After Multifaceted International Investigation, Christopher Columbus’ letter returned back to Italy
By: Boya Hu
On July 19, 2023, the United States returned Christopher Columbus’s letter. After the long investigation. U.S. Immigration and Customs Enforcement (ICE) had already announced that the letter would be returned to Rome on Wednesday. After decades of being missing, the 4th copy of the letter had finally arrived in Italy.
Columbus wrote the letter in 1493 to Spain’s King Ferdinand and Queen Isabella. The letter was sent to many different places, including Rome where it was reprinted in Latin. The letter was sent to many different places because they wanted to contextualize and share it with others. Later, the copy, which was made into a pamphlet, spread to all of the libraries throughout Europe.
ICE arranged a charge for the document for more than 1.3 million dollars when people announced its discovery in 2020. “Culturally significant artifacts are assigned a monetary value in the world’s marketplaces in which they are traded.” said William Walker, who works at Homeland Security Investigations (HSI) in an acting agent in charge. “But the cultural and symbolic worth of these objects far surpasses any given dollar value to the nations to whom they rightfully belong to.”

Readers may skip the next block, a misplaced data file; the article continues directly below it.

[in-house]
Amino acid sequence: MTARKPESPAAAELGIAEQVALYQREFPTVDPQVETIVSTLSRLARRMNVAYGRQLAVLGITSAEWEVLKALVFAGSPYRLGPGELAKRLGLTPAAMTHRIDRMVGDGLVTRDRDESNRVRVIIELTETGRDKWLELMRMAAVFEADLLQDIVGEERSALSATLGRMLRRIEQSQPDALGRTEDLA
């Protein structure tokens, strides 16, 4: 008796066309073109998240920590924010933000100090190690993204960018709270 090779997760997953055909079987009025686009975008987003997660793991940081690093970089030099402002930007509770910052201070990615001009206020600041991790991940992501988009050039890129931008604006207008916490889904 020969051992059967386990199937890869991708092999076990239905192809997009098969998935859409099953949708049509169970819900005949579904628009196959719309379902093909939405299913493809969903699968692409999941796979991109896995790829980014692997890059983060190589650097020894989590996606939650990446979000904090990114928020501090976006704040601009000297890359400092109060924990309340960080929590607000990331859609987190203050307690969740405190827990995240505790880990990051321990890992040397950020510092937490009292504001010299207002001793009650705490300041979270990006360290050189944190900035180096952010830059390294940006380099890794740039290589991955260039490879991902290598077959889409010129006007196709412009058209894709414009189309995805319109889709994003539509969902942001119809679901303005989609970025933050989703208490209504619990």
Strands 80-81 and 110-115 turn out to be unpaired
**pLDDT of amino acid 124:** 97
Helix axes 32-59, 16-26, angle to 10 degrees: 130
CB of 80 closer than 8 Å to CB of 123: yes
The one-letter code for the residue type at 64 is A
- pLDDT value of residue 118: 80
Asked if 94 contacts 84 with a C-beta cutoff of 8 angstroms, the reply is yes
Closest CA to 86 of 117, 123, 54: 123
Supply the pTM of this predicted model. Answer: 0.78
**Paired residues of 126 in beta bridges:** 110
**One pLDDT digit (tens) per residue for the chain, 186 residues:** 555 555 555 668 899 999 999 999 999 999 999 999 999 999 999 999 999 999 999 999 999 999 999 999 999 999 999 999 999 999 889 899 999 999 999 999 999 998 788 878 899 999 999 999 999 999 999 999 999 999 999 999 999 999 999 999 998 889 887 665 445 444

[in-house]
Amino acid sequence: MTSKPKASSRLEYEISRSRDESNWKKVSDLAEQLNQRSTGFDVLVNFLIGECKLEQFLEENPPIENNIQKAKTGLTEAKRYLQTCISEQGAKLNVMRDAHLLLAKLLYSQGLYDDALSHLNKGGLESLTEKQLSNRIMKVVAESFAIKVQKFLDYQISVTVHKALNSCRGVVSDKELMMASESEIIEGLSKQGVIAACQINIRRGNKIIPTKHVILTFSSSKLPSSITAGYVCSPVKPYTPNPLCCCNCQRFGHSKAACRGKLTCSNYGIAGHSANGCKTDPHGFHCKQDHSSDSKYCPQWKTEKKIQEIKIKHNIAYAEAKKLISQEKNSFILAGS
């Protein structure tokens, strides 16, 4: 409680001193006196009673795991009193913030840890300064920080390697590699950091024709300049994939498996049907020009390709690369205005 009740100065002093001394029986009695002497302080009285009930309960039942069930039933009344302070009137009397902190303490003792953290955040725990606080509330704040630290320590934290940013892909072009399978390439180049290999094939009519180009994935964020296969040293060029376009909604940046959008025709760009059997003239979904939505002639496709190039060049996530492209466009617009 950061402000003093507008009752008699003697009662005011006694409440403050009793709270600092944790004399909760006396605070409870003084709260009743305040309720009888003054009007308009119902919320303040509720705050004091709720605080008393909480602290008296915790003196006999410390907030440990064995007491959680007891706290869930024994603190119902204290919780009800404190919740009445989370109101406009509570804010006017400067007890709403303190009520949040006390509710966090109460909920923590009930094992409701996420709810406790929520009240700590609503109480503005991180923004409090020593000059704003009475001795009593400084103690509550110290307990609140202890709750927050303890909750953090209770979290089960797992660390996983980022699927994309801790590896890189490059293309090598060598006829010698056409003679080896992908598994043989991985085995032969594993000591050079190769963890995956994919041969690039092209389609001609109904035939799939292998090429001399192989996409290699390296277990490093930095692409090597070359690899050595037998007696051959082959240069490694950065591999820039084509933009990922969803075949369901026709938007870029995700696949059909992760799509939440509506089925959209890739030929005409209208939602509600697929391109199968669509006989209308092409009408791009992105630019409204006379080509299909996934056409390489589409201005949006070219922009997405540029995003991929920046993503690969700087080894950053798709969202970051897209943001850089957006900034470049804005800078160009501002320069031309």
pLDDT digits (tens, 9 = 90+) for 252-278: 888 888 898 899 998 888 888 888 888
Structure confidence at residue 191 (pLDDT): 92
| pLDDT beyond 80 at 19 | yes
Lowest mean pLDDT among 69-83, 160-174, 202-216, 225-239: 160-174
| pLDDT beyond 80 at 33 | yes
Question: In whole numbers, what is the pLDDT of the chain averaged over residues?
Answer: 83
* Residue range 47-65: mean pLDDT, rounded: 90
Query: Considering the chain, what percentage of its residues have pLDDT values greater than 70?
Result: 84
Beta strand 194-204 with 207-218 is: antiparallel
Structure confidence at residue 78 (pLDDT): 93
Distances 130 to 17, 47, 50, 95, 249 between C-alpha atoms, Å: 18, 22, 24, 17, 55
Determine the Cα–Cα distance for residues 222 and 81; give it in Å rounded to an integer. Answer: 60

The letter’s significance was to remember Christopher Columbus’ importance to Italy’s history. Columbus set sail from Spain on August 1492 looking for all the possibilities on water way to journey to Asia. He did make it to the Caribbean though, on that wonderful piece of land he spent 5 months there, to study all the uncommon islands. He left 39 men there to build a settlement in the modern-day Haiti.
According to the NPR, Columbus kidnapped as many as 25 Native Americans to take back to his home country. He also took some gold, certain native plants, and native birds. Sadly, only 8 of the 25 Native Americans survived on the journey back to Spain. When Columbus was arriving in Spain, he wrote this famous letter to his patrons, King Ferdinand, and Queen Isabella in Spanish.
“I discovered many islands inhabited by numerous people.” Columbus wrote. “I took the possession of all of them for out most fortunate King by making public proclamation and unfurling his standard, no one making any resistance.” He described all the beauty and natural profusion of the islands that he had seen to his patrons.